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The Pillars of Ashoka




The pillars of Ashoka are columns that are erected by the great Mauryan king Asoka during his reign in the 3rd century BC. He created them once he converted to Buddhism after witnessing the dreadful carnage of the Kalinga war. They are a series of columns that are dispersed throughout the Indian subcontinent and carry inscriptions addressed to monks and nuns. Of all the pillars erected by him, there are only 20 of them that still survive. Out of these 20, only seven well-preserved animal sculptures are present.

The Mauryan king Ashoka inscribed and erected the pillars which are a series of columns dispersed throughout the Indian subcontinent during his reign in 3rd century BC. Today, only nineteen pillars survive with inscriptions and only seven complete animal capitals-- five with lions, one with an elephant and one with a zebu bull. One of them, the four lions of Sarnath, has become the State Emblem of India

Ashoka was a great Mauryan king who many believe was an early convert to Buddhism, his decision to change religion coming with the change in heart after witnessing the carnage that resulted from his conquest of the village of Kalinga. He adopted the teachings of the Buddha known as the Four Noble Truths, referred to as the dharma (the law): Written on these pillars, intertwined in the message of Buddhist compassion, were the merits of King Ashoka.

Averaging between 12 to 15 m (40 to 50 ft) in height, and weighing up to 50 tons each, the pillars were dragged, sometimes hundreds of miles, to where they were erected. The type of writing used for the inscription is known as 'Brahmi' and forms the basis for all later Indian, Tibetan and South-East Asian writing. All the pillars were built at Buddhist monasteries, many important sites from the life of the Buddha and places of pilgrimage. Some of the columns carry inscriptions addressed to the monks and nuns.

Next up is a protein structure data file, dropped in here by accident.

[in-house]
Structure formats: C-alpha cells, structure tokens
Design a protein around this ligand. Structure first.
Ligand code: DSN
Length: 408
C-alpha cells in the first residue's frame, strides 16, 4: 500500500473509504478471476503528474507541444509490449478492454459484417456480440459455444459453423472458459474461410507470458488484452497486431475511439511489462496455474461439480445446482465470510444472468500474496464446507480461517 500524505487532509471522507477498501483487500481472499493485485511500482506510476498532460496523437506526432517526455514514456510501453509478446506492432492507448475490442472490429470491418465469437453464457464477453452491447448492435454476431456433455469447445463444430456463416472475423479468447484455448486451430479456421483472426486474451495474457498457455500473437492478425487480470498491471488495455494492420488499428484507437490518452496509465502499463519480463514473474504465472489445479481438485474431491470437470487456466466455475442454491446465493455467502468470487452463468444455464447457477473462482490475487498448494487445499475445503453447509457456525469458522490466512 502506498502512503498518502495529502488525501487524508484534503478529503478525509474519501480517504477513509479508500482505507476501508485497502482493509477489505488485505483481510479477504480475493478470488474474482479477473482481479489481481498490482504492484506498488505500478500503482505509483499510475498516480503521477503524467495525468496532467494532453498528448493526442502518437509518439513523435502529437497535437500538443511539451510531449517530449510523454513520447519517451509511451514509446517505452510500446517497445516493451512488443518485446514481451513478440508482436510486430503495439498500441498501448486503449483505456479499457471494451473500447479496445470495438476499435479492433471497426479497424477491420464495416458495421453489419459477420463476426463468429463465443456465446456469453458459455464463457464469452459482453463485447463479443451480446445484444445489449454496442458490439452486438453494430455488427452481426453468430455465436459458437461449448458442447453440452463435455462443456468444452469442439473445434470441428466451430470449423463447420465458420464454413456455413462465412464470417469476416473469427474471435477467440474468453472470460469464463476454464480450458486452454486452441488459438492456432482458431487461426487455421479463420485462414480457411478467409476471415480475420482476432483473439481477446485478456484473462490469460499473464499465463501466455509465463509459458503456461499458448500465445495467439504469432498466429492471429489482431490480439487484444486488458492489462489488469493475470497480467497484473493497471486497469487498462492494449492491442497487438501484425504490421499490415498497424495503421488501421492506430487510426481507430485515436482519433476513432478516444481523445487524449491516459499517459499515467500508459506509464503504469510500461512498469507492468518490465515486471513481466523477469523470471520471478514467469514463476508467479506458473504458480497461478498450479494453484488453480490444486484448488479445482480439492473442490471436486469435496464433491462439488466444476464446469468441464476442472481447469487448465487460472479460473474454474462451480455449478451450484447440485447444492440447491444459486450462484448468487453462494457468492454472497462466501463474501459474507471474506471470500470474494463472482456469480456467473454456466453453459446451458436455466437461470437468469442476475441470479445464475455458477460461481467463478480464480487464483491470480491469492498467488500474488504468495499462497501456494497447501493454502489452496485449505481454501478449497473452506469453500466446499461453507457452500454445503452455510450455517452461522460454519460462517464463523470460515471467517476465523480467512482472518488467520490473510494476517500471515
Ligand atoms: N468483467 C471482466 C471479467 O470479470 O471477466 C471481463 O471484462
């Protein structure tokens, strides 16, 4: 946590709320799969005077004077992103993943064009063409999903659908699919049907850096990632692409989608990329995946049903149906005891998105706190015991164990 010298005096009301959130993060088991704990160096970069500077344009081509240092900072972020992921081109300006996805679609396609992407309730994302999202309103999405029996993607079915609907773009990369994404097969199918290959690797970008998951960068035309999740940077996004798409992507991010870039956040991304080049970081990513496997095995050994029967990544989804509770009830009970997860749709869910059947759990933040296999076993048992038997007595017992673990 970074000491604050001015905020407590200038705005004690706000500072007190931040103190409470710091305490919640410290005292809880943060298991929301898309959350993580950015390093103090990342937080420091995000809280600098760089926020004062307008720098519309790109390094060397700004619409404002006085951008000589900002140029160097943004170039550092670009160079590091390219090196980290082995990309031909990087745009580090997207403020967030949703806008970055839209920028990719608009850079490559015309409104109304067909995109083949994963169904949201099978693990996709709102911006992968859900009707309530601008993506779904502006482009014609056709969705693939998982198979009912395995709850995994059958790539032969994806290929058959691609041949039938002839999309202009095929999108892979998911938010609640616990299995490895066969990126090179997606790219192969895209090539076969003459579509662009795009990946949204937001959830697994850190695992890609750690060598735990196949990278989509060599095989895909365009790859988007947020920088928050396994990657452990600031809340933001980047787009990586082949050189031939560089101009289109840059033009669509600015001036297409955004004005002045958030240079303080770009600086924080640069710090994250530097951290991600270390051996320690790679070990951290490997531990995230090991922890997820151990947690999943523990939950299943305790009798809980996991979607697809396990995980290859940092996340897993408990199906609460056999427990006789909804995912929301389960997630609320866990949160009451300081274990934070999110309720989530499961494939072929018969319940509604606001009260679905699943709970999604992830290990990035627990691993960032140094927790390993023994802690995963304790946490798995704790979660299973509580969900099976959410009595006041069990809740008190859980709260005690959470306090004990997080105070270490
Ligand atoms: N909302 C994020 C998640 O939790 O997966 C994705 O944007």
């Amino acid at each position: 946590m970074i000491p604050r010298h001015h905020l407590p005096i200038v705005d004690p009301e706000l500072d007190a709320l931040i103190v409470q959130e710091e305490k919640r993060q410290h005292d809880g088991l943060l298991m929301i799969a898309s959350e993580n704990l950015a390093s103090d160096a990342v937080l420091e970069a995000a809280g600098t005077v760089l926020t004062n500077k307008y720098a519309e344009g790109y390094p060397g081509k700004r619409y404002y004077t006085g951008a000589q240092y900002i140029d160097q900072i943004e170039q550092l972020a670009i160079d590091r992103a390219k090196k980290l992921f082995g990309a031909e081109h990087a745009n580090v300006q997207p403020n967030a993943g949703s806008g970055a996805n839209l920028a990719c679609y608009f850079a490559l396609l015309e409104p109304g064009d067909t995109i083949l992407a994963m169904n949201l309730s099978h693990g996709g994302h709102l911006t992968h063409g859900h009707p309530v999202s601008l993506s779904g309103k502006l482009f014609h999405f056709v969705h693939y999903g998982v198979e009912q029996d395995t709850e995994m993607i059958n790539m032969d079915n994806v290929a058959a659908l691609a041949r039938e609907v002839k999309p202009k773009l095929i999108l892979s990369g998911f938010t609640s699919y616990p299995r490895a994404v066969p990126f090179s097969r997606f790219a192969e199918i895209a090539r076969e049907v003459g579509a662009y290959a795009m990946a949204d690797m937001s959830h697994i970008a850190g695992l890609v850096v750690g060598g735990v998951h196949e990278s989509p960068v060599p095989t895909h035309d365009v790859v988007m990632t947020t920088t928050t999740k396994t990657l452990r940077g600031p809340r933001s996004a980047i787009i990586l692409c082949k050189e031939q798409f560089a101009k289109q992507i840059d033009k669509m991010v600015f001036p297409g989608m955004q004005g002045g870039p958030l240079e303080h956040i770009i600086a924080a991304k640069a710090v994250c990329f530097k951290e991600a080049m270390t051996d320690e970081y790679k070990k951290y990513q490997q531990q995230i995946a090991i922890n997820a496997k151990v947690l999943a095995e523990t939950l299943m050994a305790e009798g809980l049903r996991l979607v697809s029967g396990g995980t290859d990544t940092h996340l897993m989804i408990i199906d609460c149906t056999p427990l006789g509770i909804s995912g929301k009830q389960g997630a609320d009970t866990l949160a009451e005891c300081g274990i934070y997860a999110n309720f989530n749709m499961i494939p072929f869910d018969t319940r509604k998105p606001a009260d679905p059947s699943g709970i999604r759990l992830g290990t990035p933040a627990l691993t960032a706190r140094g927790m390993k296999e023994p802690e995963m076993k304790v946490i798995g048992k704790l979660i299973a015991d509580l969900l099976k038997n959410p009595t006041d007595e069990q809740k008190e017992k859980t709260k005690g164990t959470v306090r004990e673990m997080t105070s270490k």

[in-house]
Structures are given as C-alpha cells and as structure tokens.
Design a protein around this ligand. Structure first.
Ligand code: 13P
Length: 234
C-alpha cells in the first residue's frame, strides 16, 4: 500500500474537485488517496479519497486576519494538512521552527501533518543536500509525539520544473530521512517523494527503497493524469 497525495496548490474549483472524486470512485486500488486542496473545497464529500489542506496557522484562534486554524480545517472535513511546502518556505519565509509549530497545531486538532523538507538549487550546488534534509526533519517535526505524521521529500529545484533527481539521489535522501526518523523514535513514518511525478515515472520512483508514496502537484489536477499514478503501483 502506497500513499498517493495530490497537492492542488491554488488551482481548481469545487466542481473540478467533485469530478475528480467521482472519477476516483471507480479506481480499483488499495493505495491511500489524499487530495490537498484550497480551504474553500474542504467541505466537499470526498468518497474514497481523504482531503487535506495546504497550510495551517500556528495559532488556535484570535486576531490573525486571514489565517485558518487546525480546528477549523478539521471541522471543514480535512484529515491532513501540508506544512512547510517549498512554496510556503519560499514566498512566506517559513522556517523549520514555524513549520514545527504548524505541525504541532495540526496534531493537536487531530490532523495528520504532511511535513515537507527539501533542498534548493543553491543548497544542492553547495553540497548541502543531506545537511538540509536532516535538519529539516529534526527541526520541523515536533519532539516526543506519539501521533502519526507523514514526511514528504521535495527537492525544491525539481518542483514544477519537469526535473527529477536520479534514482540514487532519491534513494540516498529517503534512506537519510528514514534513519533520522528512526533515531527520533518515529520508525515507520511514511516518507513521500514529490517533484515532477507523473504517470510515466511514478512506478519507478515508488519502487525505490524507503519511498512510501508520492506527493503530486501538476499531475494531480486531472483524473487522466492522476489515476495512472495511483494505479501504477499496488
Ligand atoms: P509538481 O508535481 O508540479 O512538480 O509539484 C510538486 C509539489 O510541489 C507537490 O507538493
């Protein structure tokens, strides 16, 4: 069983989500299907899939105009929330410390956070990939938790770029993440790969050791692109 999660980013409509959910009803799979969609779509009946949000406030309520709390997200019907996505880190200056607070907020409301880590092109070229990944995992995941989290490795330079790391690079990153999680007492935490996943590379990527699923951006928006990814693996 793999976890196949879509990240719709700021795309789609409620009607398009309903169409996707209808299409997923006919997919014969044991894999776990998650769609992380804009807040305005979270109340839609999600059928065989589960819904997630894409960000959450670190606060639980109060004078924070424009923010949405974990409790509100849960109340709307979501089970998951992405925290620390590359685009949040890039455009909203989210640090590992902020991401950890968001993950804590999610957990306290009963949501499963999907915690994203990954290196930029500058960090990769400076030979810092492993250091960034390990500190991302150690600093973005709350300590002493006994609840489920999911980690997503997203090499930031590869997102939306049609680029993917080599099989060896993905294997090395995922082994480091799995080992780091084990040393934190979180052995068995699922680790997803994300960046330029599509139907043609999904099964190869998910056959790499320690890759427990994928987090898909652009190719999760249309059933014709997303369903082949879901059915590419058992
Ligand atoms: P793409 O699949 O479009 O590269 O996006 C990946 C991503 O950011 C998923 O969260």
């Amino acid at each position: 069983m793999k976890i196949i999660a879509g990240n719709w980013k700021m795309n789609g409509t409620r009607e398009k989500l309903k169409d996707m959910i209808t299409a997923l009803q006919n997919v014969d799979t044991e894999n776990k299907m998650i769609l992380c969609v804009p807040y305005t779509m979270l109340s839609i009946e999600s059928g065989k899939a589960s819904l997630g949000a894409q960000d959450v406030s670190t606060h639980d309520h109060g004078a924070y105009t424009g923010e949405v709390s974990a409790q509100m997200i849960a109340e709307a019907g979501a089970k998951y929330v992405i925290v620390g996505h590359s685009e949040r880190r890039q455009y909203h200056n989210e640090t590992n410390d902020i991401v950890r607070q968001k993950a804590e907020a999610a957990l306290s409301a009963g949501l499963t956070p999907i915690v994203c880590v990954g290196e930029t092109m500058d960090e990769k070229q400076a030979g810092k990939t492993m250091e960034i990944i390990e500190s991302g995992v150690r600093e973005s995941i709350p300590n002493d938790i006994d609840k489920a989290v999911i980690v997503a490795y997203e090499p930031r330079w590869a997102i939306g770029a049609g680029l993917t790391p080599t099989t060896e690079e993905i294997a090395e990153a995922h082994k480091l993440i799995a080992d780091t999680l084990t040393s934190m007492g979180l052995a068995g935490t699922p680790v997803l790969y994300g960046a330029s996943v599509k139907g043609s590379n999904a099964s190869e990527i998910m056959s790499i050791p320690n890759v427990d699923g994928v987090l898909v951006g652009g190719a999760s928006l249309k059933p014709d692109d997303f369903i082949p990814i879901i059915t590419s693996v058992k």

Several of the pillars were relocated by the Mughal Empire rulers and the animal capitals were removed. Firuz Shah Tughlaq relocated two pillars to Delhi. The pillars average between 12-15 m and weight upto 50 tonnes each. The pillars were dragged through a vast amount of distance before they were erected. The pillars were meant to commemorate the presence of the King at that place. Most of the pillars erected were monolithic i.e., they were carved out of one stone. The most amazing feature of this Mauryan art is the crowning animals that are shown either seated or standing. Ashokan pillars contain animal capital as opposed to the Persian pillars that had human figurines.

India's national emblem which has a carving of four lions and is used in almost all the government documents was once at top of the Ashoka's pillars at Sarnath.

 

By: Neha Maheshwari

Content: https://www.khanacademy.org/humanities/art-asia/south-asia/buddhist-art2/a/the-pillars-of-ashoka

 

 


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